AMERICAN INDIAN HISTORY
Logan County has a long history of people living in it. Artifacts dating from the Archaic Indians (8000 B.C.-1000 B.C.) have been found in the county. Artifacts have also been found of the pre-Contact Indians who followed the Archaic. These people included the Adena (800 B.C.-300 A.D.), the Hopewell (100 B.C.-600 A.D.) and the Fort Ancient (800 A.D.-1300 A.D.). These artifacts, such as spear points, arrow points, scrapers, knives and other tools show that people have lived, or at least hunted, in Logan County for 3000 years. They may have been here even earlier. Paleo-Indians (13,000 B.C.-1000 B.C.) may have also hunted on these lands. A tooth from a mastodon, an important animal to the Paleo Indians, was found near West Liberty.
Many historic American Indians called Logan County home. This area was in the traditional homelands of the Miami. However, they probably shared this land with other tribes as a communal hunting ground that stretched from southwestern Ohio through Kentucky to Tennessee. The Miami, Shawnee, Wyandot, Delaware, Ottawa, Mingo, Seneca, Cherokee and many other tribes hunted on this large tract of land.
The first known villages appeared in Logan County during the 1760s and 1770s. There were anywhere from 12 to 15 Indian towns here. Most of these villages belonged to the Shawnee Nation. The Shawnees were forced by the encroachment of whites to move from their villages in southern Ohio to newer sites in Clark and Greene counties, and later into Miami, Champaign, Auglaize and Logan counties. The Shawnees built several villages along the Mad River called the Mac-A-Cheek towns. These included Moluntha's Town (near present-day West Liberty), named after the principal chief of the Maykujay sept of the Shawnee tribe, and Wapatomica (near present-day Zanesfield), the capitol of the Shawnee nation at that time. Other villages included Blue Jacket's Town (Bellefontaine), Lewis' Town (Lewistown), Old Town (near DeGraff), Stony Creek (near DeGraff), Reed's Town (east of Bellefontaine) and Pigeon Town (northwest of West Liberty).
Other tribes also lived in Logan County. The Wyandot had several villages including Zane's Town (Zanesfleld) and Solomon's Town (north of Huntsville). Bokengehelas' Town (northwest of Bellefontaine) was a major village of the Delaware. The Mingo, Seneca and Cherokee also lived in villages in Logan County. McKee's Town (south of Bellefontaine) was the home Alexander McKee, a British Indian agent and trader. Most of the tribes in the county and surrounding areas went to McKee's trading post to get the goods they needed like weapons, blankets, cooking utensils and clothes.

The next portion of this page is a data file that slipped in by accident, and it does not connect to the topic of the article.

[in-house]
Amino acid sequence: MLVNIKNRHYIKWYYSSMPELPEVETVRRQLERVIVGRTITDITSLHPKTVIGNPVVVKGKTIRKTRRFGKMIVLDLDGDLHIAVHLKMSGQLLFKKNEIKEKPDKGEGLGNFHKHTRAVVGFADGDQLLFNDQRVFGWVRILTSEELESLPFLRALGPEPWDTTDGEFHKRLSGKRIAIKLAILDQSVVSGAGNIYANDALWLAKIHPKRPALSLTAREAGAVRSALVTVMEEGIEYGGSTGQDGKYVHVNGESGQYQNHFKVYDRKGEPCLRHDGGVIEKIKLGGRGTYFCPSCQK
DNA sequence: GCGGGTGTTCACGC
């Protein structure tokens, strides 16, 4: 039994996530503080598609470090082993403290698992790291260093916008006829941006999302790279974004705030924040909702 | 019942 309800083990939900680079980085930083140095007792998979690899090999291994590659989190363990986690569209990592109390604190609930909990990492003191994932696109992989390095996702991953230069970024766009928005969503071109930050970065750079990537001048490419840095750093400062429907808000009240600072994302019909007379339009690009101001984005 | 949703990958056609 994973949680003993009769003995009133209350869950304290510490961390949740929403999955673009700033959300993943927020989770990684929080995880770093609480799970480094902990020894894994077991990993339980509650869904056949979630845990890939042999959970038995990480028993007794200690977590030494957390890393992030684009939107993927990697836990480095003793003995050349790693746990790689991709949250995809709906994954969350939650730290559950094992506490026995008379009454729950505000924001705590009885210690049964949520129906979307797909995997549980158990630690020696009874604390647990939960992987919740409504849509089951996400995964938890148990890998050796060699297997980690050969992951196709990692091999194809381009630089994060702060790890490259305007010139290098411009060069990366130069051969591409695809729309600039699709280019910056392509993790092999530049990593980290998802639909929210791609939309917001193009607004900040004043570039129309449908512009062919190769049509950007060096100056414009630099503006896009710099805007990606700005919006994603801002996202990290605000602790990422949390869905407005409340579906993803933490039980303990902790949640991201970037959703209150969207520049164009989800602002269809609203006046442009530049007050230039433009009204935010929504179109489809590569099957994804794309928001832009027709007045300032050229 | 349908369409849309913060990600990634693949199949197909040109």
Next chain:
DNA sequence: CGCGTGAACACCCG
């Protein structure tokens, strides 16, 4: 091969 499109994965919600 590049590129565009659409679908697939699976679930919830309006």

In the fall of 1786 General Benjamin Logan led a force of U.S. soldiers and mounted Kentucky militia against the Mac-A-Cheek towns. Most of the Shawnee men were on raids against the Kentucky forts. This left only the elderly, women, and children to defend the Indian homes. Logan's forces burned the towns and food supplies.
They killed several of the Shawnee and captured many more, including Chief Moluntha. He surrendered himself and his family to Logan. The General put the Shawnee chief under the protection of guards. However, Colonel Hugh McGary broke through the guard and murdered Moluntha with a tomahawk. Logan then had McGary arrested. The death of one of their most respected chiefs angered the Shawnees, who retaliated by fighting even harder against the whites. The Shawnees eventually rebuilt many of their burnt towns on the Mad River and stayed there for another 20 to 25 years.
The native tribes of the Northwest Territory (the present-day states of Ohio, Michigan, Indiana, Illinois, and Wisconsin) experienced two great victories over the Americans in 1790 and 1791 under the leadership of Little Turtle of the Miami and Blue Jacket of the Shawnee. However, in 1794 the Northwestern Indian confederacy under Blue Jacket suffered a great defeat to the United States' army led by General "Mad" Anthony Wayne at the Battle of Fallen Timbers in northwest Ohio. The defeat at Fallen Timbers led to the Treaty of Greenville. This treaty gave the U.S. 2/3 of Ohio. The treaty line ran through western and northern Logan County. The lands south of this line now belonged to the Americans and the land north remained in tribal hands. However, most of the American Indians in Logan County continued to live south of this line for another 10 to 15 years because very few whites had moved into the area. This was a time of relative peace between the Indian tribes and the Americans. However, in 1806 the Shawnee warrior/leader held a council at Old Town near present-day DeGraff where he promoted his call for a pan-Indian Confederation to retain tribal lands. Tecumseh would spend the five years traveling to the tribes of the Old Northwest, Southeast, and southcentral Canada recruiting members for his confederation. After General William Henry Harrison defeated his brother Tenskwatawa’s at the Battle of Tippecanoe in November of 1811, Tecumseh was forced to join his confederation with the British to fight the U.S. in the War of 1812. Tecumseh’s death at the Battle of Thames in Ontario, Canada ended the American Indian resistance in this area.
The Shawnee and other tribes in this area signed a treaty in 1817 that placed them on reservations. Many of the county's Shawnees and Seneca went to live on the Lewistown Reservation in the northwestern part of the county. The U.S. created another Shawnee reservation in present-day Auglaize County. The tribes stayed on the reservations until 1832, when a third treaty forced all Ohio Indians to leave the state. Most of them moved to reservations in Kansas and Oklahoma.